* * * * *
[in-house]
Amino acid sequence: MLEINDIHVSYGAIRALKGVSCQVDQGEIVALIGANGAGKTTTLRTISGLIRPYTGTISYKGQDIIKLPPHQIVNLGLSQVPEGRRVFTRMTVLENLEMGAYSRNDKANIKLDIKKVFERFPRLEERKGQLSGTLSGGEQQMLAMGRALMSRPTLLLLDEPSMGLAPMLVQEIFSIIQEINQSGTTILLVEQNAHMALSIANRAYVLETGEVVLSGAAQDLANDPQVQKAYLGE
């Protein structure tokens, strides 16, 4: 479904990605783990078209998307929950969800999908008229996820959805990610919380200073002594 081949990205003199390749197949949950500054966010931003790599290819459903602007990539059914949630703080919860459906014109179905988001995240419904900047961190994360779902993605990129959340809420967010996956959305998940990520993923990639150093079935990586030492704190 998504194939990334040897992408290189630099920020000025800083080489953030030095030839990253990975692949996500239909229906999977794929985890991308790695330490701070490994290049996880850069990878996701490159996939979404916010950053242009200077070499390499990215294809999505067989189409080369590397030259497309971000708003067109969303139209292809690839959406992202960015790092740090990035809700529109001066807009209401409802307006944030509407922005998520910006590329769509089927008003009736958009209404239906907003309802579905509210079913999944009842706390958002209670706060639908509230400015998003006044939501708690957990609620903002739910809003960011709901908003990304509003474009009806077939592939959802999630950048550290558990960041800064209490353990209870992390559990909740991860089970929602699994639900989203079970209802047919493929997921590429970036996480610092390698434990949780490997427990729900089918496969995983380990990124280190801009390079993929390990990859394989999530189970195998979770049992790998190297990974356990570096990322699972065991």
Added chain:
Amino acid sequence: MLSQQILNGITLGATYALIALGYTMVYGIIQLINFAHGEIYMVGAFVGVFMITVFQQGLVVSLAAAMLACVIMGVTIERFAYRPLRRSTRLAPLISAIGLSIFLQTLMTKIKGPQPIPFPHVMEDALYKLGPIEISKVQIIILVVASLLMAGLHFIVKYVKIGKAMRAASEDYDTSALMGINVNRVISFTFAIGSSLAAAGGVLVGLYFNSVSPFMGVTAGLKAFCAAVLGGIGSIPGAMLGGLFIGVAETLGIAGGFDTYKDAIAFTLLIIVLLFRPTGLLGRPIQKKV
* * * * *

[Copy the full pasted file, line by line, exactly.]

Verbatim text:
[in-house]
Amino acid sequence: MLEINDIHVSYGAIRALKGVSCQVDQGEIVALIGANGAGKTTTLRTISGLIRPYTGTISYKGQDIIKLPPHQIVNLGLSQVPEGRRVFTRMTVLENLEMGAYSRNDKANIKLDIKKVFERFPRLEERKGQLSGTLSGGEQQMLAMGRALMSRPTLLLLDEPSMGLAPMLVQEIFSIIQEINQSGTTILLVEQNAHMALSIANRAYVLETGEVVLSGAAQDLANDPQVQKAYLGE
């Protein structure tokens, strides 16, 4: 479904990605783990078209998307929950969800999908008229996820959805990610919380200073002594 081949990205003199390749197949949950500054966010931003790599290819459903602007990539059914949630703080919860459906014109179905988001995240419904900047961190994360779902993605990129959340809420967010996956959305998940990520993923990639150093079935990586030492704190 998504194939990334040897992408290189630099920020000025800083080489953030030095030839990253990975692949996500239909229906999977794929985890991308790695330490701070490994290049996880850069990878996701490159996939979404916010950053242009200077070499390499990215294809999505067989189409080369590397030259497309971000708003067109969303139209292809690839959406992202960015790092740090990035809700529109001066807009209401409802307006944030509407922005998520910006590329769509089927008003009736958009209404239906907003309802579905509210079913999944009842706390958002209670706060639908509230400015998003006044939501708690957990609620903002739910809003960011709901908003990304509003474009009806077939592939959802999630950048550290558990960041800064209490353990209870992390559990909740991860089970929602699994639900989203079970209802047919493929997921590429970036996480610092390698434990949780490997427990729900089918496969995983380990990124280190801009390079993929390990990859394989999530189970195998979770049992790998190297990974356990570096990322699972065991």
Added chain:
Amino acid sequence: MLSQQILNGITLGATYALIALGYTMVYGIIQLINFAHGEIYMVGAFVGVFMITVFQQGLVVSLAAAMLACVIMGVTIERFAYRPLRRSTRLAPLISAIGLSIFLQTLMTKIKGPQPIPFPHVMEDALYKLGPIEISKVQIIILVVASLLMAGLHFIVKYVKIGKAMRAASEDYDTSALMGINVNRVISFTFAIGSSLAAAGGVLVGLYFNSVSPFMGVTAGLKAFCAAVLGGIGSIPGAMLGGLFIGVAETLGIAGGFDTYKDAIAFTLLIIVLLFRPTGLLGRPIQKKV